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Procedural bump network orange tutorial

June 7, 2013

This tutorial will explain how to create an orange texture using a procedural bump network. In this tutorial, the orange is made from a NURBS model.

The first step in creating the procedural network is to obtain reference images of an orange, either via the internet or preferably obtaining a real orange.

DSC01402 DSC01401

Next create a new material in the ‘Hypershade’. From the create list in the Hypershade, select a ‘Phong E’ and in the ‘Attribute Editor’ change the colour to orange. The Phong E is used as it provides a distinct specular highlight with a sharp drop off. The Phong E also allows more control over specular compared to a Phong. Rename the material to orange_phongE or orange_mat.


In the Attribute Editor for the orange material, create a ‘Noise’ in ‘Bump Mapping’ in the ‘Create Render Node’ menu . This bump map will be used for the overall bumpy surface of the orange. Rename Noise to skin_Noise or something similar.

orangetutorial3 orangeTutorial2

Use the following settings on the Noise:


A Noise texture was used as it allows for a pattern of dots to be made via the ‘Density’ slider and ‘Billow’ Noise type option. Setting the ‘Randomness’ value to 1 creates a completely random array of the noise pattern and gives a more natural looking texture. Changing the ‘Depth Max” to 3 increases the detail of the texture giving a more interesting pattern and one that is closer to the reference image. The ‘Spottyness’ value was changed to 0.500 so that there was a randomization of bumps, that is, so that the bumps had a variation of shape and density for a more natural look.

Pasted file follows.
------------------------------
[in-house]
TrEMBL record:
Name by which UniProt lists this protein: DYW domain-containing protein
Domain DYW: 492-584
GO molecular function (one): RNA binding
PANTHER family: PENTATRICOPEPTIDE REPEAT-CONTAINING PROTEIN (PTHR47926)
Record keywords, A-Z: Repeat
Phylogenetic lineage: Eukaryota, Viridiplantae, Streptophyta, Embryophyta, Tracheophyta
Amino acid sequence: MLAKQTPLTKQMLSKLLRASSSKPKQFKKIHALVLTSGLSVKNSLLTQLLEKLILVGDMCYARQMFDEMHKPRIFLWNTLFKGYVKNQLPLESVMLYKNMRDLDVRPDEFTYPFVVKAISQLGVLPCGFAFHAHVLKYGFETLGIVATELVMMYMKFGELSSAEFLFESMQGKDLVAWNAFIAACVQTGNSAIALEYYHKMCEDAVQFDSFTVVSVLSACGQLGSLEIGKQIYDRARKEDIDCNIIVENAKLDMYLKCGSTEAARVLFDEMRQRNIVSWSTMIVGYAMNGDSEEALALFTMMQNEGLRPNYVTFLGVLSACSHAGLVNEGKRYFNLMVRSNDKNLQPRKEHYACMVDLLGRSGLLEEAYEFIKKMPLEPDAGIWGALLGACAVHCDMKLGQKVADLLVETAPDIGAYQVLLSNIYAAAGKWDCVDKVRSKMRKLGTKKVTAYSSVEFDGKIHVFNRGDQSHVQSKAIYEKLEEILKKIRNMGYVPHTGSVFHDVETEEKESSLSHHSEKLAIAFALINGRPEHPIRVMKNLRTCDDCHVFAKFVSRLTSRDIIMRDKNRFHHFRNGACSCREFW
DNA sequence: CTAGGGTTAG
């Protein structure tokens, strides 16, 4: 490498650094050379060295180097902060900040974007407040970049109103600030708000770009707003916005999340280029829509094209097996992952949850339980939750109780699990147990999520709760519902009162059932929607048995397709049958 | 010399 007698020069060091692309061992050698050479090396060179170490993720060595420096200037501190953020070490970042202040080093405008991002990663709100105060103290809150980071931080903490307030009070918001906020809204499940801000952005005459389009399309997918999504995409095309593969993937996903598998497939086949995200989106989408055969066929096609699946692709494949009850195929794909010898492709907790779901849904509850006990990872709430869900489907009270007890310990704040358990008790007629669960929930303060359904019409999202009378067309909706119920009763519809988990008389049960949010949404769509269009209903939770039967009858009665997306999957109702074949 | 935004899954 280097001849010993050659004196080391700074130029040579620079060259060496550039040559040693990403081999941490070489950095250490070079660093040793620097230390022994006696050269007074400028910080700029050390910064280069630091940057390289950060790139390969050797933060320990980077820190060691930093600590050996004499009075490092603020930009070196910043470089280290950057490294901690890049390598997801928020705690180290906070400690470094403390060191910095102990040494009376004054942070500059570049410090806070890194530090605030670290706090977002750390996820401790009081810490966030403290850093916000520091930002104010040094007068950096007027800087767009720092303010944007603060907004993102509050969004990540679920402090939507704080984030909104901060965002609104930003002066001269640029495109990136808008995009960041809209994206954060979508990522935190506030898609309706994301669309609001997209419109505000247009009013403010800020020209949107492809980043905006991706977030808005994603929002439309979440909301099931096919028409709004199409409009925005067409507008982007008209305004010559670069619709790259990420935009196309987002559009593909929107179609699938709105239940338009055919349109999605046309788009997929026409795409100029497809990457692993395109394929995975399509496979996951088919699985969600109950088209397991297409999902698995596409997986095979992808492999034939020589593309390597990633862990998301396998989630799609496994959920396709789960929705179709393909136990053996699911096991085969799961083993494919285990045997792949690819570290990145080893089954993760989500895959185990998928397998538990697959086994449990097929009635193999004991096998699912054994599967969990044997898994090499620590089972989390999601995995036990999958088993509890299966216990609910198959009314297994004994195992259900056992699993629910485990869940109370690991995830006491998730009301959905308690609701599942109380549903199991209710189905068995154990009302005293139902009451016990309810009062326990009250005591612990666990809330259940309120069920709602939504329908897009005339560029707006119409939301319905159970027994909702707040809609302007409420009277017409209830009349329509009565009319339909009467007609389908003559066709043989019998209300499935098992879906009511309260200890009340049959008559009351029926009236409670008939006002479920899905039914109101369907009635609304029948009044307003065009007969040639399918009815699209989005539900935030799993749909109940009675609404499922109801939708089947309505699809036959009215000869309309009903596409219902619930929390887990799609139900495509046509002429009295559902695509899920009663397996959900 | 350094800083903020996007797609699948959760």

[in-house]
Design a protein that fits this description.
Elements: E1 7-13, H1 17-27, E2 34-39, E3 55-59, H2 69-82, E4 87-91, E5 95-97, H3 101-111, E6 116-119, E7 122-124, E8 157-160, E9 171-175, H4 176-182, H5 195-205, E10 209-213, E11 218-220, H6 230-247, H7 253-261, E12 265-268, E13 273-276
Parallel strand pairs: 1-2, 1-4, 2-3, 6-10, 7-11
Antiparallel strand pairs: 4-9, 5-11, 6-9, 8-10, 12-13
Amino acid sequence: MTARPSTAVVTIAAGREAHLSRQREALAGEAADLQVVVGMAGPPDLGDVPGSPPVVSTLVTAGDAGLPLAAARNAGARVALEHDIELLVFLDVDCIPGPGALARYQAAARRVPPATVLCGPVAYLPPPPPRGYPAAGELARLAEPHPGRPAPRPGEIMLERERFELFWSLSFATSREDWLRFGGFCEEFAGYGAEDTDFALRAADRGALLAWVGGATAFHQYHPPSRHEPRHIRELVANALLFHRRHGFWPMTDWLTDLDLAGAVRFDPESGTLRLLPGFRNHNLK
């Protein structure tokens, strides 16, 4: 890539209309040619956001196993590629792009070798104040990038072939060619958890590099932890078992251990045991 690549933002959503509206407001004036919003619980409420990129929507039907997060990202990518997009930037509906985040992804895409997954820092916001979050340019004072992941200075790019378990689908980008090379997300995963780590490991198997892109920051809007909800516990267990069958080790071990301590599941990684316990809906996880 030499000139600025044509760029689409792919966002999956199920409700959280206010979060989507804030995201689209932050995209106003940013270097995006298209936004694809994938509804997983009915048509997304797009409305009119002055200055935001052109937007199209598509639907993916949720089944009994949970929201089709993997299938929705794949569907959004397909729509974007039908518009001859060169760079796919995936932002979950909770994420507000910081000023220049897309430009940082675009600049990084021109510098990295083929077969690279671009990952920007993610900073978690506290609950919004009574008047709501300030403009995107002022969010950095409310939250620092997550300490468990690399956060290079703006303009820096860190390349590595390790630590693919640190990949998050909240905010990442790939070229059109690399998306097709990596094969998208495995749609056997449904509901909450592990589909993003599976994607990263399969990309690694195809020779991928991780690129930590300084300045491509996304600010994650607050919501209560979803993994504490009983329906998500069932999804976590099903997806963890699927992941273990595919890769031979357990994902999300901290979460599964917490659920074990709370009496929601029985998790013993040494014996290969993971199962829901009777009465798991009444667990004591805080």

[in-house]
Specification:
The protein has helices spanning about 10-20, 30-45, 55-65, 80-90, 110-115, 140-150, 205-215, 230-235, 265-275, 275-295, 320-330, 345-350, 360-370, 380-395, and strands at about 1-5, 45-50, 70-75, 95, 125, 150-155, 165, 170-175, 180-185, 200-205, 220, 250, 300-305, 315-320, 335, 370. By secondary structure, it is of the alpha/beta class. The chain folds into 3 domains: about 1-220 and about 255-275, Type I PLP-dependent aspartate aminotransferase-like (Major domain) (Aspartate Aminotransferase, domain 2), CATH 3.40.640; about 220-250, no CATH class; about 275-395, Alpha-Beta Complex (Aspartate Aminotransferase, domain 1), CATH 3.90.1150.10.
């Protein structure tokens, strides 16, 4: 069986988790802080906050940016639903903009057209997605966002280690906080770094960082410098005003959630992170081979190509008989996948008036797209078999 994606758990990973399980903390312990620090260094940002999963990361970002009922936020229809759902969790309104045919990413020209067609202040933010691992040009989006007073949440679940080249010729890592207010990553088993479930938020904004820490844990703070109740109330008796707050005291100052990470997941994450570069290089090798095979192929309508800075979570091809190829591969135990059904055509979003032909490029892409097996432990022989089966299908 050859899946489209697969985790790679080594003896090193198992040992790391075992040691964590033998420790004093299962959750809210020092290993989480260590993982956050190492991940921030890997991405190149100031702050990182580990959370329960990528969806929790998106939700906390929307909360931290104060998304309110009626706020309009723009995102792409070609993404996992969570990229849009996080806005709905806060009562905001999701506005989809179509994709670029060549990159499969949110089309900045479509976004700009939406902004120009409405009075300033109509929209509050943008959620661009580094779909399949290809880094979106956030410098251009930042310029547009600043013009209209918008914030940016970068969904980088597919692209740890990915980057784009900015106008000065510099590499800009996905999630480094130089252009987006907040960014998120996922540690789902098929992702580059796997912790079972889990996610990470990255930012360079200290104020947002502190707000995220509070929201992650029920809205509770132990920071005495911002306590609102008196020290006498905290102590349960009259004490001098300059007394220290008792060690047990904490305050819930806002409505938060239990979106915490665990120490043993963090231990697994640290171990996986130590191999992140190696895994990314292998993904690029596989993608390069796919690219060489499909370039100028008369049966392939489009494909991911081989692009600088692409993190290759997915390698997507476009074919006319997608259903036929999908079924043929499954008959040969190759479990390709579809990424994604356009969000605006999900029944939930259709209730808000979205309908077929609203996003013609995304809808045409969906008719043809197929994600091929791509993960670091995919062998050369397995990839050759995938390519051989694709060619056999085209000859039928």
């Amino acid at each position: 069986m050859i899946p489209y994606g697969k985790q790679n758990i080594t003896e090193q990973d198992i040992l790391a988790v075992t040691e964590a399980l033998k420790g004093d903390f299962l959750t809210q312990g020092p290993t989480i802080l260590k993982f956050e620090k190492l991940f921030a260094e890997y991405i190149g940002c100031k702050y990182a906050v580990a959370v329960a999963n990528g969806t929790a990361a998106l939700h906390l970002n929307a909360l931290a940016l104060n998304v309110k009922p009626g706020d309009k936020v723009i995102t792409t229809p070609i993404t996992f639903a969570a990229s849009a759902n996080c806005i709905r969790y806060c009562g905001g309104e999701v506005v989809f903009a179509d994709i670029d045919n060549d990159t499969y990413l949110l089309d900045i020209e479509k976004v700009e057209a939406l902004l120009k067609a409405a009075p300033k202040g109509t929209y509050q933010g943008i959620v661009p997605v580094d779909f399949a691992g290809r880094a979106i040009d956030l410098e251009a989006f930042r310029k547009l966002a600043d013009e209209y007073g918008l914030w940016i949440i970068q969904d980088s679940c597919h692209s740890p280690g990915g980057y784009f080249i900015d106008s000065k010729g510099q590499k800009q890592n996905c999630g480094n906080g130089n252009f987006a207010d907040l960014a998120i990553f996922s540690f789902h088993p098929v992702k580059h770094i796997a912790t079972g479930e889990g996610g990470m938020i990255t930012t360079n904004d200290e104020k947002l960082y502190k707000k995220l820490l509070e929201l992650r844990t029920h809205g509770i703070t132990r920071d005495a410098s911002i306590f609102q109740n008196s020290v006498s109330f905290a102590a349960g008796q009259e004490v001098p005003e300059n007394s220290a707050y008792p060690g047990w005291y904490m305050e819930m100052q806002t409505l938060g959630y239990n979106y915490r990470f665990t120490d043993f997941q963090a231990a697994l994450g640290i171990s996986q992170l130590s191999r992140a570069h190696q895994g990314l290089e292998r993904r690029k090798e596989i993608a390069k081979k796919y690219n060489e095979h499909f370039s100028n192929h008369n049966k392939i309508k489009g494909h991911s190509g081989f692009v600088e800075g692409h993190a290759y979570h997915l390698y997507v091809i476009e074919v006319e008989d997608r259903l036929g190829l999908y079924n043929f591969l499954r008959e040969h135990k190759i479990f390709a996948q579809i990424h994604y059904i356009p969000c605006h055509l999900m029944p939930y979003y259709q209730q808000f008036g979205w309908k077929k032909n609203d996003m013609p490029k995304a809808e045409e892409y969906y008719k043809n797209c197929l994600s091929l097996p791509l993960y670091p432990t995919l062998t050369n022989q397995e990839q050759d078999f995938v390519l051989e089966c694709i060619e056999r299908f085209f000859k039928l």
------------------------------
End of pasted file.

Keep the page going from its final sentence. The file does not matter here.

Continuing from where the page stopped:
Next select the ‘place2dTexture’ node in the Hypershade  and use the following settings:


Increasing the ‘Repeat UV’ value, increases how many times the pattern will repeat and in doing so, will create more detail. This was done so that the bumps appeared more spread out and so that there was more of them.

Change the depth of the bump2d node to 0.010. This reduces the height of the bumps so that they are not as intense.

The next step is to create the indents or dimples of the orange by ‘stacking’ the bump map. This is so that multiple bump maps can be added to the material.  NOTE: You will not be able to see the stacked bump in the perspective view. You must render it to view it.

In the Hypershade window, click on the ‘bump2d’ node and go up to Edit —-> Duplicate —-> Shading Network. Move the duplicated texture so that the nodes are not overlapping. Rename the duplicated Noise texture to dimples_Noise or something similar.


Use the following settings for the duplicated Noise texture:


The ‘Invert’ option under the ‘Effects’ tab was used to change the pattern so that the opposite occurs. In the case of this bump map, the dots will be pushing into the model instead of sticking out., acting as indents. Dropping the value of the ‘Amplitude’ setting lowers the contrast of the pattern making the light areas darker and the dark areas lighter. This in turn will lower the depth of the indents.

Use the following settings for the duplicated place2dTexture node:


Then select the ‘bump2d’ node and change the ‘Bump Depth’ to 0.020

Middle mouse click and hold on the original  bump2d node in the Hypershade and drag and let go onto the duplicated bump2d node which is already ‘plugged’ into the Phong E material.  Then select ‘other’ from the drop down menu. This will open the ‘Connection Editor’. The duplicated bump2d nodes should be under the ‘Outputs’ box and the original should be under the ‘Inputs’ box. Go to the top of the Connection Editor and under ‘Left Display’ and ‘Right Display’ tick the box ‘Show Hidden’. Under the Outputs, select ‘outNormal’ and under the Inputs, select ‘normalCamera’ and close the window. The two bump2d nodes should now be connected with a ‘Noodle’ in the Hypershade window.


Change your render settings to production quality and render the orange and you’re done. It should turn out something like this.



From → Renders, Texturing

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